Facebook Announces It Identified Ongoing Political Influence Campaign

Facebook Announces It Identified Ongoing Political Influence Campaign

Facebook said it does not know who controlled the accounts but that they appeared to be fake.

Credit: Frederic Legrand/ShutterstockAccording to the Times, Facebook told lawmakers that it hasn't been able to conclusively tie the accounts to Russian Federation, but that it still believes the country may be involved.

According to the networking site, they identified a coordinated political influence campaign through these inauthentic Facebook accounts.

The social networking platform said it wasn't sure who was behind the creation of the pages as users had gone to great lengths to hide their identities, after a Russian-based campaign is believed to have tried to disrupt the 2016 U.S. presidential election.

"We know that Russians and other bad actors are going to continue to try to abuse our platform - before the midterms, probably during the midterms, after the midterms, and around other events and elections", Gleicher said.

Though the world's biggest social media network has not yet attributed the accounts to any group, it says the campaign does bear some resemblance to the propaganda campaign allegedly run by Russia's Internet Research Agency (IRA) in the run-up to the 2016 United States presidential election. In total, the pages created 9,500 posts on Facebook before they were first detected two weeks ago and later removed, the company said.

Facebook also announced it would start notifying users who were interested (around 2,600) and users who said would attend events (around 600) created by one of the suspended accounts and pages.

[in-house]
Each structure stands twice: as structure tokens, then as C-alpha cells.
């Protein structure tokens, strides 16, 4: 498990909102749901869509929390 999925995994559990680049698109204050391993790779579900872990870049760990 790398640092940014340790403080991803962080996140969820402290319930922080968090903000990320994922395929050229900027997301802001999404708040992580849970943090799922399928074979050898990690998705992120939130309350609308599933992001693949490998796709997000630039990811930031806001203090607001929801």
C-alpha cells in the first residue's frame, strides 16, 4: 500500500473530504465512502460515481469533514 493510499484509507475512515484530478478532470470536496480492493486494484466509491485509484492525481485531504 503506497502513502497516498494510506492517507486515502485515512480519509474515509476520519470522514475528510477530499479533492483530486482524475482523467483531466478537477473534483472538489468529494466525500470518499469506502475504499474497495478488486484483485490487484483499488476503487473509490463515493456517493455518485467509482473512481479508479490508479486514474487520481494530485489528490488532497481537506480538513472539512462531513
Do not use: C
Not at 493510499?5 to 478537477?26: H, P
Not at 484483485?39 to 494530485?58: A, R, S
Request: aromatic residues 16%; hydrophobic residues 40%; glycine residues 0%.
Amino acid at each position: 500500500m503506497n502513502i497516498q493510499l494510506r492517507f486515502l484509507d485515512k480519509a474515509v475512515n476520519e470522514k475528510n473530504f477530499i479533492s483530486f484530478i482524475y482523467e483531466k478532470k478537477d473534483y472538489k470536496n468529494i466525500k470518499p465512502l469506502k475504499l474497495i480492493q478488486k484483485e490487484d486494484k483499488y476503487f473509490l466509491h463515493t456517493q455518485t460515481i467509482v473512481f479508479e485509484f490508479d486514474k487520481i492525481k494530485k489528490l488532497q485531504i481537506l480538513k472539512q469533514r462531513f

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"We have found evidence of connections between these accounts and previously identified IRA accounts, but we don't believe the evidence is strong enough at this time to make public attribution to the IRA", Facebook chief security officer Alex Stamos said during a conference call with reporters.

Counterfeit administrators from a fake page called "Resisters" connected with five legitimate Facebook pages to build interest and share logistical information for counterprotests, Facebook said.

"The most followed Facebook Pages were 'Aztlan Warriors, ' 'Black Elevation, ' 'Mindful Being, ' and 'Resisters, '" Facebook said.

"This kind of behaviour is not allowed on Facebook because we don't want people or organisations creating networks of accounts to mislead others about who they are, or what they're doing", the company said in a post.

Nathaniel Gleicher, Facebook's head of cybersecurity policy, refused to answer questions about whether the company had found any more Russian disinformation campaigns.

Samples of the inauthentic activity. Facebook wrote in its blog posting that the newly discovered "bad actors" have used VPNs, internet phone services and third parties to run ads and create content, making them harder to track.

"It's clear that whoever set up these accounts went to much greater lengths to obscure their true identities than the Russian-based Internet Research Agency has in the past". Mark Warner (D-Va.), the lead Democrat on the Senate Intelligence Committee, is blaming Russian Federation. Russian trolls affiliated with the Kremlin-linked Internet Research Agency used a combination of paid ads and organic posts to spread misinformation and sow discord among voters ahead of the election. Almost 300,000 people followed at least one of the accounts. The indictment accused the IRA of seeking, in part, "to conduct what it called "information warfare against the United States of America" through fictitious USA personas on social media platforms and other Internet-based media".

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